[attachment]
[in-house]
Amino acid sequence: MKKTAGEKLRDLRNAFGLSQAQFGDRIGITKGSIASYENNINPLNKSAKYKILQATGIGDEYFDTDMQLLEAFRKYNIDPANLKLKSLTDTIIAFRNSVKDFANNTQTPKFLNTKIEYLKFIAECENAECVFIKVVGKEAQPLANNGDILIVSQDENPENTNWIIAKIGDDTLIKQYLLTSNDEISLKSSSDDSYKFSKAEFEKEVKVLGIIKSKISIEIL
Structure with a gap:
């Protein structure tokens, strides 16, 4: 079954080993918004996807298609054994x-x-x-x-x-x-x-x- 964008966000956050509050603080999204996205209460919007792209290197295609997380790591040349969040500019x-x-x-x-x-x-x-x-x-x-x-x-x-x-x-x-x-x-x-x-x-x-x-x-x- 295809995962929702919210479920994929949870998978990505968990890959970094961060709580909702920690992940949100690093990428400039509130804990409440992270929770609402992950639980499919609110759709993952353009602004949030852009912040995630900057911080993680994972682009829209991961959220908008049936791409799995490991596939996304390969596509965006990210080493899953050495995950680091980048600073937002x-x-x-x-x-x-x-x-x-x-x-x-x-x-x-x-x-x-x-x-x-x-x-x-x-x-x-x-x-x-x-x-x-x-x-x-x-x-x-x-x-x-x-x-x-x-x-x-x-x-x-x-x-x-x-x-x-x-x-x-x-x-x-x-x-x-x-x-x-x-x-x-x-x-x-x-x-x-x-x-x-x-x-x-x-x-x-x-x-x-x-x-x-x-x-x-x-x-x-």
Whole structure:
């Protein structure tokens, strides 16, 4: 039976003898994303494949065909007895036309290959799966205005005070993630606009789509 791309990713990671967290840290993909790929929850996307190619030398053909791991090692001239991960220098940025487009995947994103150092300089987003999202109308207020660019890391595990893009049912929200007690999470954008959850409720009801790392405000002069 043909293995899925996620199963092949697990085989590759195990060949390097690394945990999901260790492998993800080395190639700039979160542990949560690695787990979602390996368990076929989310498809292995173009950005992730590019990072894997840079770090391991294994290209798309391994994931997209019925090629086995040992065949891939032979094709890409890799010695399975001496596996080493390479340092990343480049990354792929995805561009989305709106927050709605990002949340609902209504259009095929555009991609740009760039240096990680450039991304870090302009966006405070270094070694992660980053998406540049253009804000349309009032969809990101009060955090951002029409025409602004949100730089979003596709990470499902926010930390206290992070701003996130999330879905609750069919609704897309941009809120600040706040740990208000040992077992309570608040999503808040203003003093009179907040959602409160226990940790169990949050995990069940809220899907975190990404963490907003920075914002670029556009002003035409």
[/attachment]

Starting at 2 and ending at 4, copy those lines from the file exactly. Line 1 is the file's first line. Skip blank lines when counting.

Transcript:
Amino acid sequence: MKKTAGEKLRDLRNAFGLSQAQFGDRIGITKGSIASYENNINPLNKSAKYKILQATGIGDEYFDTDMQLLEAFRKYNIDPANLKLKSLTDTIIAFRNSVKDFANNTQTPKFLNTKIEYLKFIAECENAECVFIKVVGKEAQPLANNGDILIVSQDENPENTNWIIAKIGDDTLIKQYLLTSNDEISLKSSSDDSYKFSKAEFEKEVKVLGIIKSKISIEIL
Structure with a gap:
């Protein structure tokens, strides 16, 4: 079954080993918004996807298609054994x-x-x-x-x-x-x-x- 964008966000956050509050603080999204996205209460919007792209290197295609997380790591040349969040500019x-x-x-x-x-x-x-x-x-x-x-x-x-x-x-x-x-x-x-x-x-x-x-x-x- 295809995962929702919210479920994929949870998978990505968990890959970094961060709580909702920690992940949100690093990428400039509130804990409440992270929770609402992950639980499919609110759709993952353009602004949030852009912040995630900057911080993680994972682009829209991961959220908008049936791409799995490991596939996304390969596509965006990210080493899953050495995950680091980048600073937002x-x-x-x-x-x-x-x-x-x-x-x-x-x-x-x-x-x-x-x-x-x-x-x-x-x-x-x-x-x-x-x-x-x-x-x-x-x-x-x-x-x-x-x-x-x-x-x-x-x-x-x-x-x-x-x-x-x-x-x-x-x-x-x-x-x-x-x-x-x-x-x-x-x-x-x-x-x-x-x-x-x-x-x-x-x-x-x-x-x-x-x-x-x-x-x-x-x-x-």